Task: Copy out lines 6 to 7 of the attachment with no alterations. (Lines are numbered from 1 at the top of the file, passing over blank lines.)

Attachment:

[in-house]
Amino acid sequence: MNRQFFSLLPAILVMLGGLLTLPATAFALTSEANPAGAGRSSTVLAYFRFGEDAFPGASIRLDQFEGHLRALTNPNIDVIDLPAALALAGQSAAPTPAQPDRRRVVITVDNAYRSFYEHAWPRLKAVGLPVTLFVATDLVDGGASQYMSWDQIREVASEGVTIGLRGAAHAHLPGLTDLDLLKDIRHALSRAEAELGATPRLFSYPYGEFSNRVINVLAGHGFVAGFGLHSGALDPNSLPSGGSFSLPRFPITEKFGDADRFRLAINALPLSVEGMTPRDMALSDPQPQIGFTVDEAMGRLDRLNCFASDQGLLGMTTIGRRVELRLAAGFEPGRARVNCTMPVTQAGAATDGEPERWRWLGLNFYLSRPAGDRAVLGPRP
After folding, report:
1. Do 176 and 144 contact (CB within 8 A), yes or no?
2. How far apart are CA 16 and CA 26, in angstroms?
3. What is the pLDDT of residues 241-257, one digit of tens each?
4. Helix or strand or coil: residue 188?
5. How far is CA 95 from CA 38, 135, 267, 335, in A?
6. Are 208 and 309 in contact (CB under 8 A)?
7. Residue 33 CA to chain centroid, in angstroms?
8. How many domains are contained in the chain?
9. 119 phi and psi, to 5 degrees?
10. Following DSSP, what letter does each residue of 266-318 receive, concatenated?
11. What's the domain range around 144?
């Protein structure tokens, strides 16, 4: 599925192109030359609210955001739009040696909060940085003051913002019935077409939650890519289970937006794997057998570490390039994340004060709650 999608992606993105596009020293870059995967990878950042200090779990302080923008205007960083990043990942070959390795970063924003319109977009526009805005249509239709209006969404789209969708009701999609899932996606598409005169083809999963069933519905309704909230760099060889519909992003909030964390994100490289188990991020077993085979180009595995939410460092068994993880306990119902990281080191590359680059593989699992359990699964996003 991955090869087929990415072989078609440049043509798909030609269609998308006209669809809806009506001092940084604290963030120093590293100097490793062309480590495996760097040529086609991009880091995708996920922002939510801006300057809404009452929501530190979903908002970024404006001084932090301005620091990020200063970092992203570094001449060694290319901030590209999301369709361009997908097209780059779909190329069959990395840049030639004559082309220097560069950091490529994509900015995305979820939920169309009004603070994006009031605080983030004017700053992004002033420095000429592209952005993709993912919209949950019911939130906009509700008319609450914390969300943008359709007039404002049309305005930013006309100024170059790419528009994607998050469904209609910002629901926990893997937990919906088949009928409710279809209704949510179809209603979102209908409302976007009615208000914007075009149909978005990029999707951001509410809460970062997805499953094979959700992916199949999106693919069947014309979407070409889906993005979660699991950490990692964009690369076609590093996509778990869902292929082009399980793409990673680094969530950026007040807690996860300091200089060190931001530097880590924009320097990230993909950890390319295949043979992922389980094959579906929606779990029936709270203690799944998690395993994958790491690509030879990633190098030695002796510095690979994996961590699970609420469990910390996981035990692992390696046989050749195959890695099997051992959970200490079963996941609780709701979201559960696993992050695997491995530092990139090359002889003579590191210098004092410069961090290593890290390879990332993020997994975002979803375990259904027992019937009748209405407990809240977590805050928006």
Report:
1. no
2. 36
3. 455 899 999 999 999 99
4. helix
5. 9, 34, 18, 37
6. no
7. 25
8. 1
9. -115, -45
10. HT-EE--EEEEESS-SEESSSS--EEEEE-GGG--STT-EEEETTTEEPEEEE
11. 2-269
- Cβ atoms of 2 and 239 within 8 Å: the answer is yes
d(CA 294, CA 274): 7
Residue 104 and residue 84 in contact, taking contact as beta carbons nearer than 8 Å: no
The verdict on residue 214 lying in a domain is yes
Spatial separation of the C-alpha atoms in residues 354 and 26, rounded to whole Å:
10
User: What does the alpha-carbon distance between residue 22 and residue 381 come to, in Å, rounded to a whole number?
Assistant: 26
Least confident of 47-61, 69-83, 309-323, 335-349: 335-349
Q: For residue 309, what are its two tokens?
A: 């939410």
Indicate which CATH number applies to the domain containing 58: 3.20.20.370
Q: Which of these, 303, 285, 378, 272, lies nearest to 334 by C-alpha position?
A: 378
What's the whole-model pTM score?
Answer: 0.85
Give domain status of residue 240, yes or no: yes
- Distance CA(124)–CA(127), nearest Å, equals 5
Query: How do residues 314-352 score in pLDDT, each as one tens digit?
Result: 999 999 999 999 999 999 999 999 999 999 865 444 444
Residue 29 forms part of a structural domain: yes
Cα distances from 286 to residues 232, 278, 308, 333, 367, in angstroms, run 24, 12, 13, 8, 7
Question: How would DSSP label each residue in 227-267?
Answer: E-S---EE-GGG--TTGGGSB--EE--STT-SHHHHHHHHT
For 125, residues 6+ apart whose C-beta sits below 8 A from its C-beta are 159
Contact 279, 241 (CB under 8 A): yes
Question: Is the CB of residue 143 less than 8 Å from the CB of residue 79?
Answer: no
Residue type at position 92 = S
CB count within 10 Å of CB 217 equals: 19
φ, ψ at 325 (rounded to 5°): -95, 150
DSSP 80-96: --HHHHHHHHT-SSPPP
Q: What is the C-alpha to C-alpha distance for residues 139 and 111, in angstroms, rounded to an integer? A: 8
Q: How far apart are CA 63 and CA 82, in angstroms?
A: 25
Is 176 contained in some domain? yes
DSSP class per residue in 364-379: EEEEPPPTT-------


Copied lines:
3. What is the pLDDT of residues 241-257, one digit of tens each?
4. Helix or strand or coil: residue 188?